Parents at Forest Park Elementary, one of two schools in the Half Hollow Hills district that trustees voted to close in June because of declining enrollment, are mounting a campaign to keep it open.
"We are trying to get as many people together to try to fight this to see what we can do about it," said Jennifer Brite, who has a daughter in the fourth grade. "There has to be something we can do to stop this or get some answers about why this school was chosen."
Parents said they have been calling and emailing school board and town officials since the board voted Monday night to close the Forest Park and Chestnut Hill schools, both in Dix Hills, at the end of the school year. The schools serve students in prekindergarten through fifth grade.
"Most parents in Forest Park don't feel like this is over," said Tracy Kleinberg, who has two children, in the second and fifth grades. Kleinberg is one of several vice presidents in the school's parent-teacher association; she said she was speaking as a parent and not as a PTA officer.
Board president James Ptucha said Wednesday the board considered many things when looking at which schools to close, including how to maintain an equitable distribution of students, the demographics of where students live now, and where projections show they will be living.
"We want to put schools in demographic centers of where students are coming from, but not just for tomorrow, for the next projected five years out," he said. "In the end, we wanted to affect the least amount of children tomorrow and moving forward."
Ptucha said he has responded to residents' questions. "Every single person that has called me or written me, I have replied back with a detailed response," he said. The board president said he plans to be at the next Forest Park PTA meeting to answer questions.
The closure vote followed the recommendation of a board-appointed facilities committee, made up mostly of district residents, to close two of the district's seven elementary schools. The committee eventually focused on four campuses, proposing a choice of closing Forest Park or Vanderbilt, and Chestnut Hill or Signal Hill.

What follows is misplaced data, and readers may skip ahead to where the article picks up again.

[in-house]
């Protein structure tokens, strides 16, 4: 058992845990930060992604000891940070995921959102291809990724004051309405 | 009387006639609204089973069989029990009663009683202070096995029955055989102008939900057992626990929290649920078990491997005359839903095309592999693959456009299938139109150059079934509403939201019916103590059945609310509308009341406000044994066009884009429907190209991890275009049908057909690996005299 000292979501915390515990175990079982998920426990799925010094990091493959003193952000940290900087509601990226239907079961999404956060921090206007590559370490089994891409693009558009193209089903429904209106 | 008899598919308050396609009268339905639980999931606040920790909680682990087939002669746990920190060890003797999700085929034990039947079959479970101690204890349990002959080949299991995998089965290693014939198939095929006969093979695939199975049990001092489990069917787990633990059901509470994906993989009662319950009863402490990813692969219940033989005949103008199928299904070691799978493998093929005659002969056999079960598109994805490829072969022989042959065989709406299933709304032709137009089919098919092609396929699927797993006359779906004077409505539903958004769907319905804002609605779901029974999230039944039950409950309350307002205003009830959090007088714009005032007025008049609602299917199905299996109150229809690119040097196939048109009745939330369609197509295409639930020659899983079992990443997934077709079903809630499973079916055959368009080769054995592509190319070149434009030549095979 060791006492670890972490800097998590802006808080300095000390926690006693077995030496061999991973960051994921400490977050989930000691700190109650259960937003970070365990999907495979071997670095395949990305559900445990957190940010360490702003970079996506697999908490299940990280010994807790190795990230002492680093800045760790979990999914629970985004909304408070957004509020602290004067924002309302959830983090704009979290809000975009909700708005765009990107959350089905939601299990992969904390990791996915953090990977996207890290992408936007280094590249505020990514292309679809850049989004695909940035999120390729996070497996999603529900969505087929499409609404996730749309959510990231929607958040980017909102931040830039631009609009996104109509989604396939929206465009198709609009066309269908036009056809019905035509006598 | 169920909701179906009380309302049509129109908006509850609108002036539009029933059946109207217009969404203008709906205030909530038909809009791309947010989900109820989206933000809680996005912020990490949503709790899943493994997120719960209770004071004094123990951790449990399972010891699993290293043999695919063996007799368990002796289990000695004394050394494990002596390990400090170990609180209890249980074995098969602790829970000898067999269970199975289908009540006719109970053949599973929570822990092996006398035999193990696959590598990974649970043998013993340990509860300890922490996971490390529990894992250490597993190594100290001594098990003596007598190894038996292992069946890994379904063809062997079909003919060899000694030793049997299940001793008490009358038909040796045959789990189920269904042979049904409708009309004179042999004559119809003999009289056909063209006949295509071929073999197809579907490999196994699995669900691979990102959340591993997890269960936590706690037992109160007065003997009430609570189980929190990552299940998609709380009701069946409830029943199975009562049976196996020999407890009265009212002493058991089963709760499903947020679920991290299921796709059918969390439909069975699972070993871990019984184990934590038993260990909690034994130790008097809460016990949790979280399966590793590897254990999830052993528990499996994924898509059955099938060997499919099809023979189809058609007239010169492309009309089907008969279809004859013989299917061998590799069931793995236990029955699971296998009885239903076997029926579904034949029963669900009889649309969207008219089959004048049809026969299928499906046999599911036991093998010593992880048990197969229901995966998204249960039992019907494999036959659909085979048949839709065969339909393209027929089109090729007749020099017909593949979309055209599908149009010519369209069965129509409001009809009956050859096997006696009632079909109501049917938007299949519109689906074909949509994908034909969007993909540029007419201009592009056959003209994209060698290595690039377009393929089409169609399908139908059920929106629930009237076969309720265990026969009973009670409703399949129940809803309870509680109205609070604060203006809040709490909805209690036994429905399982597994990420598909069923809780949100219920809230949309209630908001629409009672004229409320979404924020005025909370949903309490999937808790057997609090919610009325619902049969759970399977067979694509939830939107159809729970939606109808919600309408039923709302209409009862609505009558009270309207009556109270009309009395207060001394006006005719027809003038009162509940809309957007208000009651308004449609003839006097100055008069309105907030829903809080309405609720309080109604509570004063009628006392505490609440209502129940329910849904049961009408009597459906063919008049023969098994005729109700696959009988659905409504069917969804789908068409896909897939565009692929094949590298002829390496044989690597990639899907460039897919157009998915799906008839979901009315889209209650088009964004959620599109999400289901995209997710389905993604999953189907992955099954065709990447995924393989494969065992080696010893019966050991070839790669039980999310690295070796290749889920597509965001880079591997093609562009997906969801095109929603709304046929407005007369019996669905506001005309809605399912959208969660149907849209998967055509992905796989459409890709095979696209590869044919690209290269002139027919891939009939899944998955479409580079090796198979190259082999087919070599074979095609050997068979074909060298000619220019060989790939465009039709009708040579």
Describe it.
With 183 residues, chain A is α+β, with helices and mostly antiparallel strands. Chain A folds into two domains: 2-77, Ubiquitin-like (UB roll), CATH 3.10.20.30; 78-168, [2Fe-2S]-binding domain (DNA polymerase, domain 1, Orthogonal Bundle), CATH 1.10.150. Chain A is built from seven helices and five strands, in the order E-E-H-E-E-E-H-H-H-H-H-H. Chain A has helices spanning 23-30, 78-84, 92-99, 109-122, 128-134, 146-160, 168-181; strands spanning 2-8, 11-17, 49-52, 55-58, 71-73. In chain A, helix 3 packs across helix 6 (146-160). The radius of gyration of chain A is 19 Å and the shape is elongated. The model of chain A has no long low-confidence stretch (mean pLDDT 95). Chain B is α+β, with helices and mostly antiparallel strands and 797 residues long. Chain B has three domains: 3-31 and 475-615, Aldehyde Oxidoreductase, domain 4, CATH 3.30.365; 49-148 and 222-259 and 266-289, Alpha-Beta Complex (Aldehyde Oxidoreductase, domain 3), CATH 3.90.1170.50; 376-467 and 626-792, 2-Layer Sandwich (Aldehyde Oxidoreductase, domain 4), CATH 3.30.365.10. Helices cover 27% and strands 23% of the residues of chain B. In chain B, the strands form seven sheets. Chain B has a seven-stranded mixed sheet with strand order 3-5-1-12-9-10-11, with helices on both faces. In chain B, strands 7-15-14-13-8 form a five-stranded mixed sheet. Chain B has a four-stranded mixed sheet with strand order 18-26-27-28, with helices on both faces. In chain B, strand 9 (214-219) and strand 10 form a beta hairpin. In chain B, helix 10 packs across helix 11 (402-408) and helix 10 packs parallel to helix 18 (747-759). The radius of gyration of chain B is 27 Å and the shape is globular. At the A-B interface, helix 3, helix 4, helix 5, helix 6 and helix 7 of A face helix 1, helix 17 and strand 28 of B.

The closures are expected to save the district about $3 million next year, with most of that coming from staffing cuts. Currently there are about 80 empty classrooms in the district, which has a $228 million budget.
Forest Park and Chestnut Hill had a total of 1,352 students in kindergarten through fifth grade in 2000-01, state records show. Even with prekindergarten classes added, the schools' combined enrollment this year dipped to 932, the district said.
Half Hollow Hills' total elementary enrollment declined from 4,614 in 2007-08 to 3,475 this year, or about 25 percent, according to district records. Projections call for the number of students to drop to 2,774 by 2017-18.
The facilities committee's Sept. 26 report, which gave the pros and cons for each school, is posted on the district's website.
One of the reasons the report supported closing Forest Park was its proximity to Vanderbilt. Reasons to keep it open included its designation, in 2011, as a "Blue Ribbon" school -- an honor given to high-performing schools -- and its limited alternative uses.
For Vanderbilt, two of the reasons supporting closure were its close proximity to Forest Park and its location on Deer Park Avenue, a state highway, which could serve as a good location for the building's alternative use. But, on the flip side, Vanderbilt's location also was a reason the committee gave for keeping it open, saying that it "lends itself to easier transportation for students that need to be re-routed to another school."
For Chestnut Hill, the report supported closing the school because of its location on the Long Island Expressway service road, making the site a good location for another use. The report supported keeping it open because its location is "in the geographic center of the school district."
For Signal Hill, reasons supporting closure included its close proximity to Half Hollow Hills High School West, which could be beneficial for an alternative use for the high school. But its closeness to the high school also was a reason to keep it open, because the committee was concerned about having a leased or vacant facility so close to that school.